Fault kinematic analysis
Fault-segment boundaries initiate, evolve and die as a result of the propagation, interaction and linkage of normal faults during crustal extension. However, little is known about the distribution, evolution and controls on the development of relay ramps, which are the key structures developed at synthetic segment boundaries. In this study, we use a series of scaled physical models (wet clay) to investigate the distribution and evolution of fault-segment boundaries within an evolving normal-fault population during orthogonal extension. From the models, we can establish a simple geometrical classification for segment boundaries, analyse their spatial and temporal evolution, and identify key factors that influence their variability.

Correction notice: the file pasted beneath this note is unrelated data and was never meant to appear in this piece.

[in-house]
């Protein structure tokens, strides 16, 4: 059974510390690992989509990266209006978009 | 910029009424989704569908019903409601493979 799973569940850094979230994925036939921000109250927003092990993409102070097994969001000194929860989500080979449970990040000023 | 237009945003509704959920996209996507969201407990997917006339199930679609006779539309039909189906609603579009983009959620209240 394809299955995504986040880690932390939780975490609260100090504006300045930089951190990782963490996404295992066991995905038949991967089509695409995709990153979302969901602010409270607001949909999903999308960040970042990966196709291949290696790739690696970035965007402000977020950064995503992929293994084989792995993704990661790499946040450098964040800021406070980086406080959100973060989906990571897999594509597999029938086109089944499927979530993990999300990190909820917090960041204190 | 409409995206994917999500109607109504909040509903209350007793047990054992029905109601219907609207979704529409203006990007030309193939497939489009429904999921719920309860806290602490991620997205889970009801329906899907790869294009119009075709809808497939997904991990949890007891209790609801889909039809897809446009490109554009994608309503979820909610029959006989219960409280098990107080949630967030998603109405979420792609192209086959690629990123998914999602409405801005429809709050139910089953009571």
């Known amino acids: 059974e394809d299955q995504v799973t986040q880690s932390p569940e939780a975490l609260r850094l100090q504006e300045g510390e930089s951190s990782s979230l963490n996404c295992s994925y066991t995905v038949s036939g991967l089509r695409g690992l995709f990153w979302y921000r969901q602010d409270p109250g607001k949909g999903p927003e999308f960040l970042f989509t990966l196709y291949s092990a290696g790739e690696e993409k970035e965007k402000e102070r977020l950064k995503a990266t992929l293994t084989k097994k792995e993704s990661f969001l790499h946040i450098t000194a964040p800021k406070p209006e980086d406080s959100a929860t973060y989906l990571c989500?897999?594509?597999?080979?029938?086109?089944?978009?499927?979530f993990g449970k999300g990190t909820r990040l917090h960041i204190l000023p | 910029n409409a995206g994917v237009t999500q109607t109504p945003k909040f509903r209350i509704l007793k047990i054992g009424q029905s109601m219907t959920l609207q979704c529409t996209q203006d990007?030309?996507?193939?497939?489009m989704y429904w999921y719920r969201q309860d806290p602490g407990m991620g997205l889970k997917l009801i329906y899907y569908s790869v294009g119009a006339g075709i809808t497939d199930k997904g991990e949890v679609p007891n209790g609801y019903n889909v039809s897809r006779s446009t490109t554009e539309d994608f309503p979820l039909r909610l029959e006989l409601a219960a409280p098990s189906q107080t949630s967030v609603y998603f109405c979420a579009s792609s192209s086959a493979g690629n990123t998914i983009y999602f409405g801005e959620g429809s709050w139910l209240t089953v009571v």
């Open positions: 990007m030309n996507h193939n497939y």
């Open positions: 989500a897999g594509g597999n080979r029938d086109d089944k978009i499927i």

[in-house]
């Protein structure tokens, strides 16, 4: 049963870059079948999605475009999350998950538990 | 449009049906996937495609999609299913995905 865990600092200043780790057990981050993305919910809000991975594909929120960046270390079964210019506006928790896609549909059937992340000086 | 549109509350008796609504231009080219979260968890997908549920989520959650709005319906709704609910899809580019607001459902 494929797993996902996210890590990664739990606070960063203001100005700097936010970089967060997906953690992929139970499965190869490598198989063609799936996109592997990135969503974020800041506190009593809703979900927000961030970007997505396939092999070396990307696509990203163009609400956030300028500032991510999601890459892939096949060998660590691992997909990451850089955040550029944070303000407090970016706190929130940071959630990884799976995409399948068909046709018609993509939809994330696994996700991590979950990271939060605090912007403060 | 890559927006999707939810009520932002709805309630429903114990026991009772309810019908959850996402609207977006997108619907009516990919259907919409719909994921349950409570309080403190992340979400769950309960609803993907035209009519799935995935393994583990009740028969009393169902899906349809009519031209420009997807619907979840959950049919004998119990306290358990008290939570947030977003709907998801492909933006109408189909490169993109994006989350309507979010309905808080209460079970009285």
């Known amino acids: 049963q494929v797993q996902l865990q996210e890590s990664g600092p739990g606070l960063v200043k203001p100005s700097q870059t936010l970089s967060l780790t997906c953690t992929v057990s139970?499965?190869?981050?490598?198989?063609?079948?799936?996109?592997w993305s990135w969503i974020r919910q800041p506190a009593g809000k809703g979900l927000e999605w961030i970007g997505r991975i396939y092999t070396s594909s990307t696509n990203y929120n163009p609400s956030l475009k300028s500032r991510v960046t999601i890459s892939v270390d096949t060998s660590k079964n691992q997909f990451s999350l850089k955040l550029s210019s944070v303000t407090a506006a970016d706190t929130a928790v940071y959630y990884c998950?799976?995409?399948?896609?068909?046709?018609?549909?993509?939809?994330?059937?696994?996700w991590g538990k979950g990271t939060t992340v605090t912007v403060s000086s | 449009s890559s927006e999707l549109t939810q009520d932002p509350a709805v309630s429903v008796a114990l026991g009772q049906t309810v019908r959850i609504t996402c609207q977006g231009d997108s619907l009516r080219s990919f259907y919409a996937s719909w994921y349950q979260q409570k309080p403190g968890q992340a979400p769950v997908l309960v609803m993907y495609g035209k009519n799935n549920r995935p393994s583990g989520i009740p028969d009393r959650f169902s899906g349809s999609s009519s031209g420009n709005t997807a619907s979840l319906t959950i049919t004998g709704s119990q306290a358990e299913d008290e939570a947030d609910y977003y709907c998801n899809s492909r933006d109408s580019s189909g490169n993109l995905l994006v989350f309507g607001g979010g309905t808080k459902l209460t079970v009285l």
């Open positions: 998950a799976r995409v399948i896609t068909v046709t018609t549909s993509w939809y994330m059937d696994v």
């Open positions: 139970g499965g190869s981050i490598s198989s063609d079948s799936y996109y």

Development of overlapping fault tips is a prerequisite for fault growth via segment linkage. Synthetic segment boundaries are the most common segment boundary type developed in the models. The proportion of synthetic segment boundaries in the total fault population increases with increasing strain, whereas conjugate (antithetic) segment boundaries are very rare. Hanging-wall-breached relay ramps are the most common type (>70%) of breached-segment boundary, followed by footwall-breached relay ramps (<25%). Transfer faults are uncommon in our models. The type of breached segment boundary that develops cannot be predicted based on fault overlap to fault spacing aspect ratio alone. Instead, we show that fault linkage occurs in a range of styles across a wide range of fault overlap to fault spacing ratios (1:1–7:1). Furthermore, we show that fault spacing is constrained by stress-reduction shadows at the time of fault nucleation, whereas fault overlap changes during fault growth and interaction. Our study thus shows that scaled physical models are a powerful tool to assess the style, distribution and controls on the evolution of synthetic segment boundaries developing in rifts. Predictions from these models must now be assessed with data from natural examples exposed in the field or imaged in the subsurface.